Directive Tragedy Rooted From the ‘Ides of March’

In the Devils Casino, the truth of the Lehman Brothers ploys comes to light. The words ‘Ides of March’ are referred to as a reference to Caesar’s killing in comparison to the Lehman demotion on March 15. They both occurred on the same day. It may seem overly dramatic but the truth of the matter is that for those involved, the incident of demotion was comparable to the evens of ‘Ides of March’. The author expects the reader to have a vague understanding of what ‘Ides of March’ is. They give a brief explanation of it but nothing too specific. Also, for the context that it is used in, the term doesn’t need to be delved into that much. It’s just there as a catalyst for understanding the severity of the Lehman demotion incident.  The author views it as a bad thing considering how they’re tying it to a event of this caliber that negatively affected the life of some. The quote specifically says “This episode is called the Ides of March by senior Lehman  executives  because the demotion occurred on March 15, the day Julius Caesar was killed by his former friends in 44 B.C.” Wiley John,  Devils casino: friendship, betrayal, and the high stakes games played inside lehman brothers, 2011.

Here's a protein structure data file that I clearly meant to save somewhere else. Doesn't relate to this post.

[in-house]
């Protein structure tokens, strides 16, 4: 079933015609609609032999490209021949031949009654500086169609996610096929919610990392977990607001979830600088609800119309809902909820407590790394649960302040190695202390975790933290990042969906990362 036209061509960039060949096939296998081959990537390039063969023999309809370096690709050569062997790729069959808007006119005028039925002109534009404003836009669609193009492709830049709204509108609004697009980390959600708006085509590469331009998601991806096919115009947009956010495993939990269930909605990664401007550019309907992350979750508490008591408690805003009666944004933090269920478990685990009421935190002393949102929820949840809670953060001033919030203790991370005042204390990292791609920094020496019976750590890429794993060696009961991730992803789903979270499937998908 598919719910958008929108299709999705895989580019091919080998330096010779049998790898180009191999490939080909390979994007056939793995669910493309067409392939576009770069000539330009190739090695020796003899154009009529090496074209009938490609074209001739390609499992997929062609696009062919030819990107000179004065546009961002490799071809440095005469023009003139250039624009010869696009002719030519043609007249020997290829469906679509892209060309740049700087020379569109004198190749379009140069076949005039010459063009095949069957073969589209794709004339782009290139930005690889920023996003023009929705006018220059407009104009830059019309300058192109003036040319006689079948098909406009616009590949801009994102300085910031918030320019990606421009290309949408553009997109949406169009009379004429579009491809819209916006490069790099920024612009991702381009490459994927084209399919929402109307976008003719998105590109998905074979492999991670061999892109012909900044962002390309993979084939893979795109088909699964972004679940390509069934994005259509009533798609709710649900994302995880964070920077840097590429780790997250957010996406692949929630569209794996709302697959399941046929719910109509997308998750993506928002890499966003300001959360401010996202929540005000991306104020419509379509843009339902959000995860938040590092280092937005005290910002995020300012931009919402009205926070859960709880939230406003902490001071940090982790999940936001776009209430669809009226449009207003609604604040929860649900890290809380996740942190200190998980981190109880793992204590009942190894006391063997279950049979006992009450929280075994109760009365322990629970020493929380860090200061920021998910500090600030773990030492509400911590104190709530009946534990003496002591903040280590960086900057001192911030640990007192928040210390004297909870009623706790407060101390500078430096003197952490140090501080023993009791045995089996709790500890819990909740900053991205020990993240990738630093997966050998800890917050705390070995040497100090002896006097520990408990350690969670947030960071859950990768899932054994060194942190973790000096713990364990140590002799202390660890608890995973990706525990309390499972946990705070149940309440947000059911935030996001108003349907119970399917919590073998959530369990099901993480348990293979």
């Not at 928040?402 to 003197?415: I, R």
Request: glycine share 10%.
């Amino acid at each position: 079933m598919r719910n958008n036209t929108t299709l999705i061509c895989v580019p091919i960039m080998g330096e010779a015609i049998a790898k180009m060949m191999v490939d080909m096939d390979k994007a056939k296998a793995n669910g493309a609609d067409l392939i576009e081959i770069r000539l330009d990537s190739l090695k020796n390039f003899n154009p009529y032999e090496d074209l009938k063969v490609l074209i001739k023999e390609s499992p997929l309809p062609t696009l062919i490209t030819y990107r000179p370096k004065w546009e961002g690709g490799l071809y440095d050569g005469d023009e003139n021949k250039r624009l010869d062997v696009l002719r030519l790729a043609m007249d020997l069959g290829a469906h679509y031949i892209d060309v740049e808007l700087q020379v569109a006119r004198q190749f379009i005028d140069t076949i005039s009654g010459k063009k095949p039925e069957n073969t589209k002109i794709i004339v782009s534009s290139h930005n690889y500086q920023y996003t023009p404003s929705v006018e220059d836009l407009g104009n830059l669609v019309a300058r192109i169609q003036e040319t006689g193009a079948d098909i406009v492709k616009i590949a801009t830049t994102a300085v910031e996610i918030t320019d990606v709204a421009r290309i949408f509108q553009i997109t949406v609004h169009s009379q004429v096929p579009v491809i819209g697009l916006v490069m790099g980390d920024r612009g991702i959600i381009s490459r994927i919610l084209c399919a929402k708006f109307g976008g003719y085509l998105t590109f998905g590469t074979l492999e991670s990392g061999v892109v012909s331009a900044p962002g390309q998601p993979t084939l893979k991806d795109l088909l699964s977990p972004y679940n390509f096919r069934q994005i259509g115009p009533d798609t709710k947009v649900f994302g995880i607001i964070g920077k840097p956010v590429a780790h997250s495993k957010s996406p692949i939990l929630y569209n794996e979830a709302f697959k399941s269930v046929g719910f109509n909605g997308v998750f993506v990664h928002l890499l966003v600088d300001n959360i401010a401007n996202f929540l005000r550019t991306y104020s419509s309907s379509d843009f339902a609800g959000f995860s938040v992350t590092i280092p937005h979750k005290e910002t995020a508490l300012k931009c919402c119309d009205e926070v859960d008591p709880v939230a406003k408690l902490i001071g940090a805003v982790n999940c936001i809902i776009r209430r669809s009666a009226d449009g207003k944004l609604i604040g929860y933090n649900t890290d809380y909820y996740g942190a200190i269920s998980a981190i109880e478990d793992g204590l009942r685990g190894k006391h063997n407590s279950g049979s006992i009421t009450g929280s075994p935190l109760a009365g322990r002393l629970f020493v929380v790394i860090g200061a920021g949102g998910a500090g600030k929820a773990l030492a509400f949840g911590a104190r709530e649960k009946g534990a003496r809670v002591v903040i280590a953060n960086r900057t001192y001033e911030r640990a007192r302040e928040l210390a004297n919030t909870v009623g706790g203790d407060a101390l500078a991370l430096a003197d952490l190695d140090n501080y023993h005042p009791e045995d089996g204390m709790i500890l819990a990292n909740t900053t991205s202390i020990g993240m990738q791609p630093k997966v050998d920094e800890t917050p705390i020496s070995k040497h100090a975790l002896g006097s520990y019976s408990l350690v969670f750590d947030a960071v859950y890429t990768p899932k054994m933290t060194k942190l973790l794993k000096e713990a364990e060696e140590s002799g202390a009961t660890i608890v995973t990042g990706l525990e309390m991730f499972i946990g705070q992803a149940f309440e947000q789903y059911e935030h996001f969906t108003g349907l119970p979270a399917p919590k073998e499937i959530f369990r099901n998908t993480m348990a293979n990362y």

From the reading of Cassius Dio, the quote of “According to some historians, he chose 300 prisoners of equestrian or senatorial rank, and offered them on the ides of March at the altar of the God Julius, as human sacrifices.” already sheds some light on how the negativity of this incident could be perceived. It compliments the way the ‘Ides of March’ attitude is in the book because in both contexts, the phrase is used in a negative scenario that can’t really offer much if any positive declarations.

Bailey Seemangal, Team 5, Hephaestus

Leave a Reply

Fill in your details below or click an icon to log in: Logo

You are commenting using your account. Log Out /  Change )

Google+ photo

You are commenting using your Google+ account. Log Out /  Change )

Twitter picture

You are commenting using your Twitter account. Log Out /  Change )

Facebook photo

You are commenting using your Facebook account. Log Out /  Change )

Connecting to %s